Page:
Silence is not golden when it comes to domestic violence.
This is an extremely difficult subject to broach, but one I feel is important for all of us to be aware of, so we can hold ourselves more accountable.
A year ago, I read an article shared by a leading gender equity adviser to the military. She had noticed a distressed woman with her child at the local park. While reason sought to override her sense that something was wrong, she eventually approached the woman and asked her if she needed any help. It turned out that the woman had just fled a violent partner with her young child and nothing but the clothes on her back, and was completely unsure what to do.
The article went on to share how the adviser remained with the woman to ensure she was safely transported to a women's shelter. It was a long wait and even though she was busy, and had lots of things to do that day, she had stepped up, asked the question and chosen to be an advocate for the safety of this woman and her child. The adviser put the call out to each reader to not turn a blind eye if they had the same opportunity Ė and never be afraid to ask the question.
This article truly challenged me, and I was inspired by the action to care for another in place of family and step up as community to advocate for the vulnerable.
A week later I was driving home from a night out with my motherís group. I noticed reflections on the sidewalk ahead, and realised as I grew closer that they were from a pair of girlís sneakers as she moved erratically back and forth, from the path to the road.
As I watched my gut instincts started stirring. I saw the girl hurriedly trying to keep up with a larger figure walking ahead of her and then was shocked to see that when she did catch up, he pushed her with great force into a parked car.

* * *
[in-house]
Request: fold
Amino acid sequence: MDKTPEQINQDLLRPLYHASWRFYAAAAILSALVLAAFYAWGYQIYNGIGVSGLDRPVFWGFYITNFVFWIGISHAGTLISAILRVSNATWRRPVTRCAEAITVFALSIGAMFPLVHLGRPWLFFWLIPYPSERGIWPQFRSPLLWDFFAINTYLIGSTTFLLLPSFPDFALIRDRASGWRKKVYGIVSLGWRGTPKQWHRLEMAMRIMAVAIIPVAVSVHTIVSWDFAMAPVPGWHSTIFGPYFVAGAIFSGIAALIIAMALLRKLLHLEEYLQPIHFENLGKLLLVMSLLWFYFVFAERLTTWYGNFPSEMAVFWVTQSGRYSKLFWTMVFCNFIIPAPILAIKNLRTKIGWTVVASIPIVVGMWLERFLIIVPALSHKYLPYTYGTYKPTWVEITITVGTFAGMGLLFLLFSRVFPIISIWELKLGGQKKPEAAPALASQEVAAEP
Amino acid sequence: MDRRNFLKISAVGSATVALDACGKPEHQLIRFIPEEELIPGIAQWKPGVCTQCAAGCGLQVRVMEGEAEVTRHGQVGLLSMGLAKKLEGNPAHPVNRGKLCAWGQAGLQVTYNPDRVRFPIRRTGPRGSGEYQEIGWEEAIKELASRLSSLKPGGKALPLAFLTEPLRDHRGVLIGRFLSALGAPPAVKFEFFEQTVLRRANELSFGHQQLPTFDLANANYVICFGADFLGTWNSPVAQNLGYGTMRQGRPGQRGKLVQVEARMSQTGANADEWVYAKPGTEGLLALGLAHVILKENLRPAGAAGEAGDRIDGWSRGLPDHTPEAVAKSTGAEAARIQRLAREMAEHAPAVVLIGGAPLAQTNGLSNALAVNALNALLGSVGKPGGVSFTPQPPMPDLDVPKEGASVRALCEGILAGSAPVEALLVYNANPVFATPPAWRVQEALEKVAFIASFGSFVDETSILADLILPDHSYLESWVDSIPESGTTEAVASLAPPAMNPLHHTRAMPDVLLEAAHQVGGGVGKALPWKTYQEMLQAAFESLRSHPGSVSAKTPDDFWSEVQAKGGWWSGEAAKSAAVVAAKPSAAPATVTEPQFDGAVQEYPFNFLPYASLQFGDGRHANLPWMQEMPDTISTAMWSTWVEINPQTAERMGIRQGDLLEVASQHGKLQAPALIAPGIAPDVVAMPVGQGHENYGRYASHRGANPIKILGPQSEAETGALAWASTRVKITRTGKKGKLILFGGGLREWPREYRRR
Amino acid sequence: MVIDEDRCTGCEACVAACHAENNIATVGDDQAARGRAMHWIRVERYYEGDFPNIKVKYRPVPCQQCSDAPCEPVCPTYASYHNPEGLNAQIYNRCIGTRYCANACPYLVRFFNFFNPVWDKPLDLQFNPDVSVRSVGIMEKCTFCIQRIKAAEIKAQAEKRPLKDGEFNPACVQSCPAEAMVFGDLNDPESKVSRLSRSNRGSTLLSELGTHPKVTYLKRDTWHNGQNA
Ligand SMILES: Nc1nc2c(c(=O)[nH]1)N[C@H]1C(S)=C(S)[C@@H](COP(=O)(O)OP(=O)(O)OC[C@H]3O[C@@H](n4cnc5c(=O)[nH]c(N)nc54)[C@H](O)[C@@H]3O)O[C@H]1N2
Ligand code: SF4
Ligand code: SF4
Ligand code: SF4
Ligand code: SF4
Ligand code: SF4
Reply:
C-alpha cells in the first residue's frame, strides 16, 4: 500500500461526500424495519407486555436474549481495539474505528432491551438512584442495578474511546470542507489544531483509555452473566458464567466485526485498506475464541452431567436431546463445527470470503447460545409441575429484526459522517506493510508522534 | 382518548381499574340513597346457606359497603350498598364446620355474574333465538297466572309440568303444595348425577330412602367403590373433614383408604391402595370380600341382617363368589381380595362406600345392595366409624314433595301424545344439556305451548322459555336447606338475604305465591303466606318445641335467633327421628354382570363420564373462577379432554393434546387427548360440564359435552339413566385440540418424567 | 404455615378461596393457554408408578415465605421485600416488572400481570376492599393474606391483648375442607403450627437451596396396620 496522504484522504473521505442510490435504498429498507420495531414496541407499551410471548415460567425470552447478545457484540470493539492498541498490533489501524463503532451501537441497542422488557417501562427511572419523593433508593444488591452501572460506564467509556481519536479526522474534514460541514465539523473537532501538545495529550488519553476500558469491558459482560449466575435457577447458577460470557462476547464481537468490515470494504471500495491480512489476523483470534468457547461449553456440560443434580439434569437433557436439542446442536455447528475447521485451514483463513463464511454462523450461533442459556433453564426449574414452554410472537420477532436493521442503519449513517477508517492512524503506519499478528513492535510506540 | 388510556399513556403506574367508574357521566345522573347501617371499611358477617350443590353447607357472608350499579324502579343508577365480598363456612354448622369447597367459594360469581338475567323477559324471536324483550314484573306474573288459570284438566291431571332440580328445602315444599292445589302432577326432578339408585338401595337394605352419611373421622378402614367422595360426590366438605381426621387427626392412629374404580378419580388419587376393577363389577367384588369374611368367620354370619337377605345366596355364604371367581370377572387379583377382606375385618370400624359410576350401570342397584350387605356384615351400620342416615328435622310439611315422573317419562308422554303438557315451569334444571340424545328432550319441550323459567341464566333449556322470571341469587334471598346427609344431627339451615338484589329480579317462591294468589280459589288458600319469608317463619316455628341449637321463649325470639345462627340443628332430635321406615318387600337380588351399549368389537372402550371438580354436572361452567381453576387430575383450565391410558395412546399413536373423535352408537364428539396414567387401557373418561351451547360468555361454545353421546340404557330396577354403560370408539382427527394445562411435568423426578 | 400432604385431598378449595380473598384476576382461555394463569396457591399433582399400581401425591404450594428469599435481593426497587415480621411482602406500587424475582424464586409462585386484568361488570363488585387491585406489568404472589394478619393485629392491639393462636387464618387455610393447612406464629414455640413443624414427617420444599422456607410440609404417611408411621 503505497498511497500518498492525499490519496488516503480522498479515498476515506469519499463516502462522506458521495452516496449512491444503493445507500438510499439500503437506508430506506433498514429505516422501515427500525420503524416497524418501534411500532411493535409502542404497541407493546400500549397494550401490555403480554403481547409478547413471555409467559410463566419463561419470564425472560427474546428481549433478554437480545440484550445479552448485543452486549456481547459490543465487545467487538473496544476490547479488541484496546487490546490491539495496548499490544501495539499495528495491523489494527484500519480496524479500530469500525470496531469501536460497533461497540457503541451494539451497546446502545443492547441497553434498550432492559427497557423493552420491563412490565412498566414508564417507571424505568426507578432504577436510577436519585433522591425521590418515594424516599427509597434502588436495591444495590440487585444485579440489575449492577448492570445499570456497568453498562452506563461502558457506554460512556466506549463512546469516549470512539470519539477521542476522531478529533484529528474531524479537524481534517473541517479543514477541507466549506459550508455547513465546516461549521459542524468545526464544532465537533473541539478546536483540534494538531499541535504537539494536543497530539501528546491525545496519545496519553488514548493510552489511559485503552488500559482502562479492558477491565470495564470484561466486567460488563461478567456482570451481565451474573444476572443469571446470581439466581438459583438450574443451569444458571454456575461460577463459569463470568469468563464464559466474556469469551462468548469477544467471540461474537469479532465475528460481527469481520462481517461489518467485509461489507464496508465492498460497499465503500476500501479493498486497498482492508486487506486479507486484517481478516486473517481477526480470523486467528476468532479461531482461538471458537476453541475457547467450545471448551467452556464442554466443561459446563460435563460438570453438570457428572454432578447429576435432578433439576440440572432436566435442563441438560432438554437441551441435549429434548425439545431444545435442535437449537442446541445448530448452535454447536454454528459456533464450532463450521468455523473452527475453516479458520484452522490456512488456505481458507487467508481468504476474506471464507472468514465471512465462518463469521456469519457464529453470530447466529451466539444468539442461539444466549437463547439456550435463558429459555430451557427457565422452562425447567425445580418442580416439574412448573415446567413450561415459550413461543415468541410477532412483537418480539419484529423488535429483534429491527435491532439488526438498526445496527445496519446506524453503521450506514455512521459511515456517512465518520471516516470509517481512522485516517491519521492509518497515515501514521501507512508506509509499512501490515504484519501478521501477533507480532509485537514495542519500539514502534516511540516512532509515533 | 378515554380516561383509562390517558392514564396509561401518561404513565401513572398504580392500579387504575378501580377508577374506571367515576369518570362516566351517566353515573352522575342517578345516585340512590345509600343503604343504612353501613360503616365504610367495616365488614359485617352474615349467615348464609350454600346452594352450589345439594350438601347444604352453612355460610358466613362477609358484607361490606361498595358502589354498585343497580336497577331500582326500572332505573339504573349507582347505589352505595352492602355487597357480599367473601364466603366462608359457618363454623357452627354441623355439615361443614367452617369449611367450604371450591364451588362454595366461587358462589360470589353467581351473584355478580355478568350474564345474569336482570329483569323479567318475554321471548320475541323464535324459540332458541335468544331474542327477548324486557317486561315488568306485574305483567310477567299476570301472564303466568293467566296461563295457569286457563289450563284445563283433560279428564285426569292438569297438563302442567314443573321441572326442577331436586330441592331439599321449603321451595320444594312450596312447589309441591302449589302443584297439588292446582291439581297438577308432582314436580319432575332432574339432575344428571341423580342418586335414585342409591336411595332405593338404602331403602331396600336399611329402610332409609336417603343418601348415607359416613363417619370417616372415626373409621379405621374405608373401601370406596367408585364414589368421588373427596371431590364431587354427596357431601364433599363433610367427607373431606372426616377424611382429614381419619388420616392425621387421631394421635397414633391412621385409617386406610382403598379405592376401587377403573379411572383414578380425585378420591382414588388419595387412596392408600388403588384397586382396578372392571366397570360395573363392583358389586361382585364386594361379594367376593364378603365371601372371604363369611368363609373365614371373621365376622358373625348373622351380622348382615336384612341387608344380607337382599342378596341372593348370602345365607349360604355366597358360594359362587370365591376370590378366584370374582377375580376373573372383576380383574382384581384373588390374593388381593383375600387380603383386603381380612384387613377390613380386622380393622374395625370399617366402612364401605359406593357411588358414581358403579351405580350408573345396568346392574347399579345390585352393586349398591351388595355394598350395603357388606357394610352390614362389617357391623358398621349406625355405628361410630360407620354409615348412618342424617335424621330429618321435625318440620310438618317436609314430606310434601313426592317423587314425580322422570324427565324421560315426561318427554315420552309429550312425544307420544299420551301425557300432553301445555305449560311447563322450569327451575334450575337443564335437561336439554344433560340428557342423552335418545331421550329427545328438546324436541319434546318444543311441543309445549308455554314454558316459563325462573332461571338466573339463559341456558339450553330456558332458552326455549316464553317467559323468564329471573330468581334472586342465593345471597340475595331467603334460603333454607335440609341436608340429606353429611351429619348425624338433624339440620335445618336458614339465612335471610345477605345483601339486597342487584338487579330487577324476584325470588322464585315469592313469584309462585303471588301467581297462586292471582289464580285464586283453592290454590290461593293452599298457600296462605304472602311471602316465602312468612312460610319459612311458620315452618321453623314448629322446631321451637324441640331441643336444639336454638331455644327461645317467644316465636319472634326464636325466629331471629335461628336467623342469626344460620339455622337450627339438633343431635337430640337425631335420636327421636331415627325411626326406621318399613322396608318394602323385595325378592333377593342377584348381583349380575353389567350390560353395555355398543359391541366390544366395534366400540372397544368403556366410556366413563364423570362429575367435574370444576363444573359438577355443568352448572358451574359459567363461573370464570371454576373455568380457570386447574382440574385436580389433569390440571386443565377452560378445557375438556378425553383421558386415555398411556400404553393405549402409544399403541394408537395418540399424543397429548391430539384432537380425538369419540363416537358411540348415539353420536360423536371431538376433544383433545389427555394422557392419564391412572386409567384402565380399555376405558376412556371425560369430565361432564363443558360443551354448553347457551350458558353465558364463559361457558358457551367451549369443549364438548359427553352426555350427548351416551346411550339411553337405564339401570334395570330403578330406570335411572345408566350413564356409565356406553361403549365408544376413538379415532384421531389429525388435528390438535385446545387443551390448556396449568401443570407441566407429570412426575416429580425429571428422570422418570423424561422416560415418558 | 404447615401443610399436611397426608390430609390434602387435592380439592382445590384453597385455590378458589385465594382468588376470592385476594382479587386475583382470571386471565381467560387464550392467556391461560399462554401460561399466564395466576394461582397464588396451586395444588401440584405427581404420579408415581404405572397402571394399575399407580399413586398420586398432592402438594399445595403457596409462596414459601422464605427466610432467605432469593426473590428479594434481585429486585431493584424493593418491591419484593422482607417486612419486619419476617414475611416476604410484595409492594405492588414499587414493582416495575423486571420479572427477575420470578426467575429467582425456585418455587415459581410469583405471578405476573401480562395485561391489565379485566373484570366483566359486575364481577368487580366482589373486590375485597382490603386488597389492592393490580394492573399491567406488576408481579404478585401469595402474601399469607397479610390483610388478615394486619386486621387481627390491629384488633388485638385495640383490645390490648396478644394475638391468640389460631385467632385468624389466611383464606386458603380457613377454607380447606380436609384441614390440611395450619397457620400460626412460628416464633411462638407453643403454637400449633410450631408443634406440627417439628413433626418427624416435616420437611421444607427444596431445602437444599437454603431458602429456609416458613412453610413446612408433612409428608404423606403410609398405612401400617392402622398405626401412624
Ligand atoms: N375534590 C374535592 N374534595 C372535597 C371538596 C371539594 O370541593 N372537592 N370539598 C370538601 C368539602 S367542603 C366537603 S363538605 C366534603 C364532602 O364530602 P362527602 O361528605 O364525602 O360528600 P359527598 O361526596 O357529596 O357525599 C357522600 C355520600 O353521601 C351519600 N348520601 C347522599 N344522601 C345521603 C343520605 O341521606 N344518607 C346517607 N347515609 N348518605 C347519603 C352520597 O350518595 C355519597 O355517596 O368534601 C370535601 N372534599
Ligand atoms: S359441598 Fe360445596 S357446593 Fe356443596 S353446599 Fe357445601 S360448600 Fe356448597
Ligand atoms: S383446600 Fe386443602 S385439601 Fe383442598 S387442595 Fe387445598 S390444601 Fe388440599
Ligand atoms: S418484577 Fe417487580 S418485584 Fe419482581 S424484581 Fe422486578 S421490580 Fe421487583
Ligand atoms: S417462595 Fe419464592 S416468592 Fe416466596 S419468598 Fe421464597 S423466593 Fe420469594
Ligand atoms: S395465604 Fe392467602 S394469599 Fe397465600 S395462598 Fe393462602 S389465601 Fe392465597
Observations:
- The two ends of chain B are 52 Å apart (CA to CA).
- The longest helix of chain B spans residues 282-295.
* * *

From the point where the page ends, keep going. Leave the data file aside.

My mouth was agape I slowed down to watch on the other side of the road, as he did this several times. He was obviously furious, and she was extremely distressed. My mind was racing, questioning if there might be any logical reason that the treatment of the girl was acceptable, and realising that if this was happening on the sidewalk with numerous cars driving past, anything might happen behind closed doors, once they were home.
Nervously, I took a U-turn and drove back down their side of the road. I pulled up (making sure my doors were locked) and called out to the girl, "Excuse me are you okay? Do you need help?"
My heart was in my throat. The man was menacing and swearing at me to mind my own business as he marched away, keeping her in his grip. She sobbed uncontrollably and could not get any words out, instead looking over at me and shaking her head apologetically while reaching her arm out in thanks. I said, again (still terrified), "Do you need help? You donít have to go with him!"
It was absolutely none of my business, but it was important that she knew I had seen what was happening. I noticed and I cared, and tried to help. It's what I would want someone to do if they saw me or my children in the same situation.
I lost sight of the 2 of them as they walked on, and called police assistance while trying to tail them to get an exact location. That was all I could do. I donít know if the police caught up with them, confronted the guy being violent, or if she is safe.
But I think of her often. I spoke up to intervene and even though I didnít get out of the car as I needed to look out for my own safety, I hadn't driven away.
I hope when she is ready to do something, she is heard, embraced, and helped. Our national statistics on domestic violence are distressing. Even though we all have busy lives we can choose to be aware, to notice and to ask the question.
If this piece has affected you, and you need assistance, please reach out to the national 24 hour Domestic And Family Violence Support Line on 1800 671 458 or 1800 RESPECT (1800 737 732).